The board of trustees is future focused. Members bring a useful range of experience and knowledge. Trustees are increasingly well informed and now receive a range of information about student achievement, activities and school operation to support resourcing decisions. The board is planning to continue strengthening its engagement with parents and whānau.

In order to continue to improve school performance and raise student achievement, trustees and school leaders need to:

  • establish and grow the school’s new leadership team
  • strengthen schoolwide internal evaluation to improve understanding of the impact of programmes and initiatives
  • enhance the rigour and robust implementation of the appraisal process

Board assurance on legal requirements

Before the review, the board of trustees and principal of the school completed the ERO Board Assurance Statement and Self-Audit Checklists. In these documents they attested that they had taken all reasonable steps to meet their legislative obligations related to:

  • board administration
  • curriculum
  • management of health, safety and welfare
  • personnel management
  • financial management
  • asset management.

During the review, ERO checked the following items because they have a potentially high impact on student achievement:

  • emotional safety of students (including prevention of bullying and sexual harassment)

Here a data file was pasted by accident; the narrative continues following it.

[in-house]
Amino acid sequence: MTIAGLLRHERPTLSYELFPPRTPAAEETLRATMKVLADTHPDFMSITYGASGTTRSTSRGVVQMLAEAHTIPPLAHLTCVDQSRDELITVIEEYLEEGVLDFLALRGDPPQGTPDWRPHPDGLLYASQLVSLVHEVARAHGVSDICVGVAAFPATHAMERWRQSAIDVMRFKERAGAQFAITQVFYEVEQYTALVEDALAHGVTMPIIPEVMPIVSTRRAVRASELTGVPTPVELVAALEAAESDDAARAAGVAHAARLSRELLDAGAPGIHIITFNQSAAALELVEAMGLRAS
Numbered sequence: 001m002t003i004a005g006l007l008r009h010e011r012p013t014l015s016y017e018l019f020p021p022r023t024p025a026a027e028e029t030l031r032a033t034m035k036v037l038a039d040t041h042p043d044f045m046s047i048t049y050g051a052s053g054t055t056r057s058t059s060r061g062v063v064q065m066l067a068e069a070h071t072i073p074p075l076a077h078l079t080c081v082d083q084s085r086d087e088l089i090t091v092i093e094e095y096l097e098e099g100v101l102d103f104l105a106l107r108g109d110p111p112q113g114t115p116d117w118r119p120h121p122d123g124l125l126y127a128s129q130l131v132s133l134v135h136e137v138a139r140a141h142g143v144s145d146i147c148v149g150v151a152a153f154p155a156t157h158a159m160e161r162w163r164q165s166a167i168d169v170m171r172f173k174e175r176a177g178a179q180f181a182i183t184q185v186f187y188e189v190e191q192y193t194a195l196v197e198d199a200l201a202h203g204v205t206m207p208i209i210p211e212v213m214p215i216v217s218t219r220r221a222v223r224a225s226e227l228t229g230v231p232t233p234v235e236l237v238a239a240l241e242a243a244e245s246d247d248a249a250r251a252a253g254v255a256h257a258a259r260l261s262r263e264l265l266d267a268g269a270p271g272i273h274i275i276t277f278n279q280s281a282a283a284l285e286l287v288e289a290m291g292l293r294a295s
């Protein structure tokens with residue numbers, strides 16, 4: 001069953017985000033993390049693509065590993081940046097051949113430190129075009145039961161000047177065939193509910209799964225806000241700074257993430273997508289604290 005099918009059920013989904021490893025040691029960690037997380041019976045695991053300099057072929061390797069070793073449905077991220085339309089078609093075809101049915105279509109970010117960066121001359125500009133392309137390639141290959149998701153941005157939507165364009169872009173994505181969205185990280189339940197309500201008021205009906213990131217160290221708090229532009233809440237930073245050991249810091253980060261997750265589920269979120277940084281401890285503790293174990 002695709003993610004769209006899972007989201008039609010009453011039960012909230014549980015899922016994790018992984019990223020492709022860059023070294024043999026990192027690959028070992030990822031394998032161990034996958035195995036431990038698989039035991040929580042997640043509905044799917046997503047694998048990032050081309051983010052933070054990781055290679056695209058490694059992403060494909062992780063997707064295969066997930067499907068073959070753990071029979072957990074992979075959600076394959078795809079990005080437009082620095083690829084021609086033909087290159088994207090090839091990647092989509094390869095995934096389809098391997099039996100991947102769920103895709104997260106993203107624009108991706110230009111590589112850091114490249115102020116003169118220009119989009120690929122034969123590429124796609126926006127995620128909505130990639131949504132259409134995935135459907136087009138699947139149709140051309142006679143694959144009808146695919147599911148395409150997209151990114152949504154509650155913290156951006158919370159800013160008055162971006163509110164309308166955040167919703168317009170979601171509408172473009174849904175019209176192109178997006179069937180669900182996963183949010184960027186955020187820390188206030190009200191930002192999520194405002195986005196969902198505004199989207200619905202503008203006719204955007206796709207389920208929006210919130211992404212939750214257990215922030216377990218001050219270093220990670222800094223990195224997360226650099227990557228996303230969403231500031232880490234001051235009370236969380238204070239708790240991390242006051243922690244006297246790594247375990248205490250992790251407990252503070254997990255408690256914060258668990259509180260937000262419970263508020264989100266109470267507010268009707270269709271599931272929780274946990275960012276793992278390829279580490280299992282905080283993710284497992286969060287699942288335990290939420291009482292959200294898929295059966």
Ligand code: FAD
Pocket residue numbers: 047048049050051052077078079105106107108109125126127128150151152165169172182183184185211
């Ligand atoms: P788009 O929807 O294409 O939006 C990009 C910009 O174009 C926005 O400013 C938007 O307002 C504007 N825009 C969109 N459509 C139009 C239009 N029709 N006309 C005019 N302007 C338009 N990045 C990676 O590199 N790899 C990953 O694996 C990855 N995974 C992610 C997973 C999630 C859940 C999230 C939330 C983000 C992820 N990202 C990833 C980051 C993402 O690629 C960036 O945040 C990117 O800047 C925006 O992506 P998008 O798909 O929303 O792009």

• physical safety of students
  • teacher registration
  • processes for appointing staff
  • stand-downs, suspensions, expulsions and exclusions
  • attendance.

ERO identified non-compliance in relation to the health curriculum consultation.

In order to address this, the board of trustees must:

  • comply with the requirement to adopt a statement on the delivery of the health curriculum, at least once in every two years, after consultation with the school’s community.
    [Section 60B Education Act 1989]

Conclusion

Leaders and trustees have made progress in developing the curriculum, strengthening the use of achievement information, tracking progress and raising achievement. Establishing the leadership team, including the appointment of a new principal, is key to ongoing improvement.

ERO intends to carry out another review over the course of one-to-two years.

Patricia Davey

Deputy Chief Review Officer Central (Acting)

Te Tai Pokapū - Central Region

13 June 2018

About the School

Location

Masterton

Ministry of Education profile number

244

School type

State Integrated Secondary (Years 7 to 13)

School roll

232

Gender composition

Female 56% Male 44%

Ethnic composition

Māori
Pākehā
Pacific
Asian
Other ethnic groups

19%
59%
8%
8%
6%

Review team on site

March 2018

Date of this report

13 June 2018

Most recent ERO report(s)

Education Review
Education Review
Education Review

January 2016
December 2012
July 2009